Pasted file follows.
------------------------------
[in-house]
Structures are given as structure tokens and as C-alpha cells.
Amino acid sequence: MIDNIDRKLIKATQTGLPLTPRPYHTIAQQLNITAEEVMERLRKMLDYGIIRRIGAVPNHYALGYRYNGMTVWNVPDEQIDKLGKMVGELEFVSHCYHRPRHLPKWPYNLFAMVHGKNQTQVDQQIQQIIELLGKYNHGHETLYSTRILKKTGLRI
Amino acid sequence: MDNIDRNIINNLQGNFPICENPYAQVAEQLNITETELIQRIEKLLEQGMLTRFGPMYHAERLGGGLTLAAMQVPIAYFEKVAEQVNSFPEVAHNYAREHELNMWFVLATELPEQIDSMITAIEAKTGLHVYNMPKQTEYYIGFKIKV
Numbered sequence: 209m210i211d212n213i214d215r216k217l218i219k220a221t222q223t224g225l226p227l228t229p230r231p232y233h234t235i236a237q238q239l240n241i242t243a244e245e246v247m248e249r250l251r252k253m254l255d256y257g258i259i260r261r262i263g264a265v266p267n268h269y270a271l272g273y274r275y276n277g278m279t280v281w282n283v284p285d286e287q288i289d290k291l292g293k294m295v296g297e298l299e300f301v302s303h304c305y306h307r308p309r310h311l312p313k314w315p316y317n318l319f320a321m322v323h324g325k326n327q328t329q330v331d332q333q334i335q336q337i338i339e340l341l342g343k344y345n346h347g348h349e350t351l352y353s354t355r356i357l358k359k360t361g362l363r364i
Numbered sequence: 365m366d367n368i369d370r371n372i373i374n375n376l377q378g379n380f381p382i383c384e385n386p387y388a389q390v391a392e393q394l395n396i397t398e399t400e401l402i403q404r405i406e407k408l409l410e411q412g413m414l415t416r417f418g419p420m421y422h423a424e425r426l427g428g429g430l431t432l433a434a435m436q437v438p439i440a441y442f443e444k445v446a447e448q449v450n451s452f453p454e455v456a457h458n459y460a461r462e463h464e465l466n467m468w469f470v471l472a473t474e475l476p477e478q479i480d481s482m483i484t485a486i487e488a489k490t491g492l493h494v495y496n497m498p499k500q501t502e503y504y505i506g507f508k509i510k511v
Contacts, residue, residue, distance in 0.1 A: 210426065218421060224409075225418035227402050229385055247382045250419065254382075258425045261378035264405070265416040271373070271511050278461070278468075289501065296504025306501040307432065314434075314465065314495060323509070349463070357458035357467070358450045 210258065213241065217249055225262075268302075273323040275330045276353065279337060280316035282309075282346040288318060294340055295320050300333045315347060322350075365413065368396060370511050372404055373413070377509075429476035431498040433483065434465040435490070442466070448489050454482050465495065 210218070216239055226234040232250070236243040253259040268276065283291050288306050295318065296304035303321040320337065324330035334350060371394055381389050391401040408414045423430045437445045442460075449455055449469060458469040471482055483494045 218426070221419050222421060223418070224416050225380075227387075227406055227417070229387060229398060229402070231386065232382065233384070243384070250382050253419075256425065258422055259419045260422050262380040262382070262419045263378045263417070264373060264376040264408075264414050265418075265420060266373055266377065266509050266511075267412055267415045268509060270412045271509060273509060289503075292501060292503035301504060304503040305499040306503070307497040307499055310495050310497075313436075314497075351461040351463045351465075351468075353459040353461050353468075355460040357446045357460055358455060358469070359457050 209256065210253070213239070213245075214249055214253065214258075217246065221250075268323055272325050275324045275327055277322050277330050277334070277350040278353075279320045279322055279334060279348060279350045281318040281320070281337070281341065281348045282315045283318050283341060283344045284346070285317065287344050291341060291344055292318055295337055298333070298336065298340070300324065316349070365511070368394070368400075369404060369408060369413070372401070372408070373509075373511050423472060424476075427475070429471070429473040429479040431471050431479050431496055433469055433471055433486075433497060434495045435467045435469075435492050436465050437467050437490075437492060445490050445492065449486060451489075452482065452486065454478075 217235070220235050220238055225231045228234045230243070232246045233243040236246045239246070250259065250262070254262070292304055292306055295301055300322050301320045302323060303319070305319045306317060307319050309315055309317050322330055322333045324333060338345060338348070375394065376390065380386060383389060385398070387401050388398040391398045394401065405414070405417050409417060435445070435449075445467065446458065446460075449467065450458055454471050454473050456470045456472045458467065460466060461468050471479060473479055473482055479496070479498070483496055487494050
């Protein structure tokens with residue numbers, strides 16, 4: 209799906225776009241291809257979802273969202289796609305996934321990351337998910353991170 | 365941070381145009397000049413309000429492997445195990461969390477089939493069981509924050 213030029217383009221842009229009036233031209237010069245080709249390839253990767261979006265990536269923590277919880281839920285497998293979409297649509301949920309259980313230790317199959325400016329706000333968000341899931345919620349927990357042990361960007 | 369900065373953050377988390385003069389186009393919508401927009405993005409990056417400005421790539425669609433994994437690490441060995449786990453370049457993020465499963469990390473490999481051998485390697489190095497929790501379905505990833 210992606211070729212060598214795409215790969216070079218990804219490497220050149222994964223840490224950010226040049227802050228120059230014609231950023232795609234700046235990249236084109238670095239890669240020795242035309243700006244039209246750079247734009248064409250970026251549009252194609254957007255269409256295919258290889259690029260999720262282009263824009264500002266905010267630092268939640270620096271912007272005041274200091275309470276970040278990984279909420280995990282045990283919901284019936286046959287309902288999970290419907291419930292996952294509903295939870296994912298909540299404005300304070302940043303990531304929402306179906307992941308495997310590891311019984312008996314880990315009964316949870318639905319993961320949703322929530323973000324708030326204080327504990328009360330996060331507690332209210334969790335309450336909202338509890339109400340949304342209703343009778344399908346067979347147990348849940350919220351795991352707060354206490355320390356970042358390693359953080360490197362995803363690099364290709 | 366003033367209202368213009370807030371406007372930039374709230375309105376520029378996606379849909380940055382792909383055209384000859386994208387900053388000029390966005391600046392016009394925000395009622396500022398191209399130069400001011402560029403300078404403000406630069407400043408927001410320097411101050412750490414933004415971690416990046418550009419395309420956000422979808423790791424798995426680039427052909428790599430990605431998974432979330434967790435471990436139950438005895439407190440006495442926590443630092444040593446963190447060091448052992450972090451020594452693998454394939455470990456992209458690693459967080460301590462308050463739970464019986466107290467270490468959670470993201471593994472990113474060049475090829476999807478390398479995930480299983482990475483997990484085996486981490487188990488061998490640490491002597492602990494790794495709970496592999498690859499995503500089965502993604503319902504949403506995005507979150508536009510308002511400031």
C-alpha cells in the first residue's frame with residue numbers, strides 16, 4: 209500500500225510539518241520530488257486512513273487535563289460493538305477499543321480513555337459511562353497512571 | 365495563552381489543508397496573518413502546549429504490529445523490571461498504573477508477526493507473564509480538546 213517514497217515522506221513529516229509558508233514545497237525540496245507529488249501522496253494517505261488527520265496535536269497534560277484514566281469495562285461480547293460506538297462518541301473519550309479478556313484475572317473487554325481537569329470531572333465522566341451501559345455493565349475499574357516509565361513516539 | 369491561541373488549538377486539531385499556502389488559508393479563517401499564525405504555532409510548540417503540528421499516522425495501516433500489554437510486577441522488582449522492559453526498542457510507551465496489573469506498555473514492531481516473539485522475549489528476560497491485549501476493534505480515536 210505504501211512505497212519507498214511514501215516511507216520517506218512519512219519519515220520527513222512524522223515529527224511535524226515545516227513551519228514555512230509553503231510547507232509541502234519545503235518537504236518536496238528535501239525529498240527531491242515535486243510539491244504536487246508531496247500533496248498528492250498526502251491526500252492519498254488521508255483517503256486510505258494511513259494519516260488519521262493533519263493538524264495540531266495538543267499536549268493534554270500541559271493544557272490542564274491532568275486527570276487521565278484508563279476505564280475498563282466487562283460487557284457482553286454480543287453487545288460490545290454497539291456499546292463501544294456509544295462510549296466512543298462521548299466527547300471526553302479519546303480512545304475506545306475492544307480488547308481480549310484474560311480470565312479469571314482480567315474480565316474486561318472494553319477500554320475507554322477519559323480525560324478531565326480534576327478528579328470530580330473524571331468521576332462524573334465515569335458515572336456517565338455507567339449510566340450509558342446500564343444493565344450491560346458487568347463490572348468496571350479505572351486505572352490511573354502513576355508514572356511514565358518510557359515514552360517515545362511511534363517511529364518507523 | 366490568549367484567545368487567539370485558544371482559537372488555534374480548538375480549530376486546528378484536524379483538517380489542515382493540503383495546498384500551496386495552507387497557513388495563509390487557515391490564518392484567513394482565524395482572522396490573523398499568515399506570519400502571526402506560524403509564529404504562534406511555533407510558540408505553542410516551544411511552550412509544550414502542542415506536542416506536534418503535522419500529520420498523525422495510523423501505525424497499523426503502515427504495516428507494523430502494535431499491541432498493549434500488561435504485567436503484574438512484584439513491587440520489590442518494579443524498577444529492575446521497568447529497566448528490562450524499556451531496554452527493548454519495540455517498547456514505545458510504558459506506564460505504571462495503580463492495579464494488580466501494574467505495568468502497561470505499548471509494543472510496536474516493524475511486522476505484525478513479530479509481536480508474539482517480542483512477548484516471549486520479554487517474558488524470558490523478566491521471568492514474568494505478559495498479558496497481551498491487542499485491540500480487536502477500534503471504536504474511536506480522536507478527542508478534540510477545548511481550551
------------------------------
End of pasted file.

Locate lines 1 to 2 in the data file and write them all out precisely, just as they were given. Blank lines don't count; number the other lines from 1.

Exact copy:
[in-house]
Structures are given as structure tokens and as C-alpha cells.